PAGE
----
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|Title:||The Dialectic of Discovery|
|Author(s):||Jason, Gary James|
|Department / Program:||Philosophy|
|Degree Granting Institution:||University of Illinois at Urbana-Champaign|
|Abstract:||This study, The Dialectic of Discovery, addresses the long-standing debate about the possibility of a "logic of discovery." Regarding this issue, four interlocking theses are defended. The first thesis is that there is indeed a logic of discovery, namely, dialectic, which is an extension of underlying inference ("assertoric") and question ("erotetic") logics.
The second thesis is that this fact has been overlooked because the view of knowledge that has dominated Western philosophy, a view I dub "the solipsistic concept of knowledge," blinds us to it.
The third thesis is that this dialectic is to a large degree formalizable, and that it ought to be formalized to the extent possible.
The fourth thesis is that the main block to complete formalizability is a particular sort of context-dependency, namely dependence upon the physical conditions under which research is conducted; however, this particular context-sensitivity, this irreducible pragmatic element, is isolatable within the dialectical system as the rules of strategy (rather than the rules which define the game). Nature does not dictate what is rational, but she does dictate how that rationality should be applied if it is to be successful.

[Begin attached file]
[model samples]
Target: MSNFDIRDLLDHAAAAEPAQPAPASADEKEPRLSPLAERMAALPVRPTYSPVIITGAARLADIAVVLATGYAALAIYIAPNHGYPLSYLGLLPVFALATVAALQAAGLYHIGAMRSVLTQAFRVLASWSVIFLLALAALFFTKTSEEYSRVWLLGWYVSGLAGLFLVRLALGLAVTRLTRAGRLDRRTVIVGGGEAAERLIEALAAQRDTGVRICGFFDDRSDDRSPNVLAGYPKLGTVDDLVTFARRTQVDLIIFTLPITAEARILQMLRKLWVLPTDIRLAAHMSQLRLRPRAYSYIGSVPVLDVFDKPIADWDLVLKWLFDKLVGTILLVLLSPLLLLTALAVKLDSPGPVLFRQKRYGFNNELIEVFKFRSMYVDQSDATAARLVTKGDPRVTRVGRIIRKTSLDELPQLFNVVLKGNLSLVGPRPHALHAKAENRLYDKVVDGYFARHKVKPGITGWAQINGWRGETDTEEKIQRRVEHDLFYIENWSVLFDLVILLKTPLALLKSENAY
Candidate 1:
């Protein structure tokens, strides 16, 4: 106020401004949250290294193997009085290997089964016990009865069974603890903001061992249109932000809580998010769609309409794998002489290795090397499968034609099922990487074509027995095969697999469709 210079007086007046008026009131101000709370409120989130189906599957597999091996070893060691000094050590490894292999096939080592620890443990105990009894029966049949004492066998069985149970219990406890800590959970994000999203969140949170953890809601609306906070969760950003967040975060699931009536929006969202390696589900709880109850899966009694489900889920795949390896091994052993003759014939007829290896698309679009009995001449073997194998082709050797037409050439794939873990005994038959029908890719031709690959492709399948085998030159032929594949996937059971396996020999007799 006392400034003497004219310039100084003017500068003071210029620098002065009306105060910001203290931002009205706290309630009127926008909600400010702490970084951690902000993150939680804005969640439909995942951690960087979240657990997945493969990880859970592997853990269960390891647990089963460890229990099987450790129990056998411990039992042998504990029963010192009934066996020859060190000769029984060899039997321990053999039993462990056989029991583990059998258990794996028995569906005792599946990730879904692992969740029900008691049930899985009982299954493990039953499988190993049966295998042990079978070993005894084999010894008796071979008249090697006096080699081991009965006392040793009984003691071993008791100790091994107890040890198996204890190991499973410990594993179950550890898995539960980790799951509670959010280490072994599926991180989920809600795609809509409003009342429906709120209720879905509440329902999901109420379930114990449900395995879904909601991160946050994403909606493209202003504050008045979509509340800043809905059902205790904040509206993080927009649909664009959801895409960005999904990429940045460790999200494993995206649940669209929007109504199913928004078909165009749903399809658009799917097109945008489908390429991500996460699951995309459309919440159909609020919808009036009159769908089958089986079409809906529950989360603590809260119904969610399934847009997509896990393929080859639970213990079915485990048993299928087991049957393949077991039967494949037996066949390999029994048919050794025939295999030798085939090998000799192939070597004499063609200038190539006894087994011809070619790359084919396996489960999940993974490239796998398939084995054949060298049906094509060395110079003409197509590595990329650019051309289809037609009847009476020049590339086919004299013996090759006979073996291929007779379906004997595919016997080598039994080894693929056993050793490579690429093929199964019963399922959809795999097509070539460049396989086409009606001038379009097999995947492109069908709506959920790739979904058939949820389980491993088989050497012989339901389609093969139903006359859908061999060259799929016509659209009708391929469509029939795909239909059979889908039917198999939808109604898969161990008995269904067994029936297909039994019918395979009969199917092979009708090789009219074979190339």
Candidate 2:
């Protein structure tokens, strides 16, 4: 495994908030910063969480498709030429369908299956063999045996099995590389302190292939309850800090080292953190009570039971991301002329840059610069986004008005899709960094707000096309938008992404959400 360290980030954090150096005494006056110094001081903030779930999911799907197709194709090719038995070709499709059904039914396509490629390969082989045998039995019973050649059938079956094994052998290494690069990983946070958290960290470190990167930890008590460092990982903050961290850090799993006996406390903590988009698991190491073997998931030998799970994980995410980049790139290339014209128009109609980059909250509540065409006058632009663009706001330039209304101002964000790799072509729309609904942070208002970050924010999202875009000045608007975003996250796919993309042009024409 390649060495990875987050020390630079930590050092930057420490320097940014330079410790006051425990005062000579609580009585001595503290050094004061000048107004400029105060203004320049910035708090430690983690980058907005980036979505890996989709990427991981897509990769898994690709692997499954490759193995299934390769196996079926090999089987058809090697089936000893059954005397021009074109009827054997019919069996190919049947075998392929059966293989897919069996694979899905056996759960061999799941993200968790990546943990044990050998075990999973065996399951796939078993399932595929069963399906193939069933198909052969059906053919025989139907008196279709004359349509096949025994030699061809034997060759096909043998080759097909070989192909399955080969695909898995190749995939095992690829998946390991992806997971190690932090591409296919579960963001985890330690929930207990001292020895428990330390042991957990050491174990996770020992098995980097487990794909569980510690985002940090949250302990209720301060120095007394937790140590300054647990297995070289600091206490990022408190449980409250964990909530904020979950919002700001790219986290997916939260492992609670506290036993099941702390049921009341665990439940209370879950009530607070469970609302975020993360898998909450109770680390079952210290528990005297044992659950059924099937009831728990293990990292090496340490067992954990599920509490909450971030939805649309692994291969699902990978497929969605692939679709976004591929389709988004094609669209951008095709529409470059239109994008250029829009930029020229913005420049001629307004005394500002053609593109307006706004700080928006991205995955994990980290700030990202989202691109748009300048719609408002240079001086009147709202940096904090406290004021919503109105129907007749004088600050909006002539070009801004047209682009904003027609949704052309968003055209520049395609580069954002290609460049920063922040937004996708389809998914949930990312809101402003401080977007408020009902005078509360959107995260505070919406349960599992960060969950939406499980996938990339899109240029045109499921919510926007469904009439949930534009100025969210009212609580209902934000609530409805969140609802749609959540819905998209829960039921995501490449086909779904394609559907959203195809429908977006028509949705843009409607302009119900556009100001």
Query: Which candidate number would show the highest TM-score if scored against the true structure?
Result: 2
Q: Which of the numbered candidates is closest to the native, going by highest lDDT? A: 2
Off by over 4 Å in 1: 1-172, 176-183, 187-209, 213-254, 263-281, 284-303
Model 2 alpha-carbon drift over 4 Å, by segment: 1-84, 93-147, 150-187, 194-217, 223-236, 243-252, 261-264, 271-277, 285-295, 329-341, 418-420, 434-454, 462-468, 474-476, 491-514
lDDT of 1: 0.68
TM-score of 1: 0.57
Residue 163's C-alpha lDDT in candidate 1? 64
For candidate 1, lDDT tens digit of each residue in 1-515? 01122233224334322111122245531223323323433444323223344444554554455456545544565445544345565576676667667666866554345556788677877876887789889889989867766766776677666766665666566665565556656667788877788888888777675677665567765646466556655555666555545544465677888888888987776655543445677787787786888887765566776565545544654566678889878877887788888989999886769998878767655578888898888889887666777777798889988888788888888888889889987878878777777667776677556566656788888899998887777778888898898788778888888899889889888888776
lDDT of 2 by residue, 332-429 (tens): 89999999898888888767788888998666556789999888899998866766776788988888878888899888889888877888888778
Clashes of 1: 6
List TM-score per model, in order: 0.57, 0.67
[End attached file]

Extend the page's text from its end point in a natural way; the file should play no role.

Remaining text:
The structure of the work is designed to present the defense of those theses as closely to their stated order as possible. In the first two chapters, I lay the groundwork for a reasonable defense of Thesis 1 by discussing both ends of the phrase "the logic of discovery." Then, in Chapter Three, I address Thesis 1 directly.
Thesis 2 is introduced in Chapter Five, and explored more fully in Chapter Fourteen.
Theses 3 and 4 require the most sustained defense. Since dialectic is an extension of underlying assetoric and erotetic components, Chapters Four and Six address assertoric matters, while Chapter Seven addresses erotetics.
The assertoric and erotetic foundations having been laid, I am able in Chapters Eight and Nine to exhibit in some detail a formal dialectic of sufficient power to explicate discovery. After exploring conceptual change (in Chapters Ten and Eleven) in the light of dialectic, we are able to address Thesis 4 directly in Chapter Thirteen.
I conclude the study by examining Thesis 2 in Chapter Fourteen.
Thesis (Ph.D.)--University of Illinois at Urbana-Champaign, 1982.
|Date Available in IDEALS:||2014-12-16|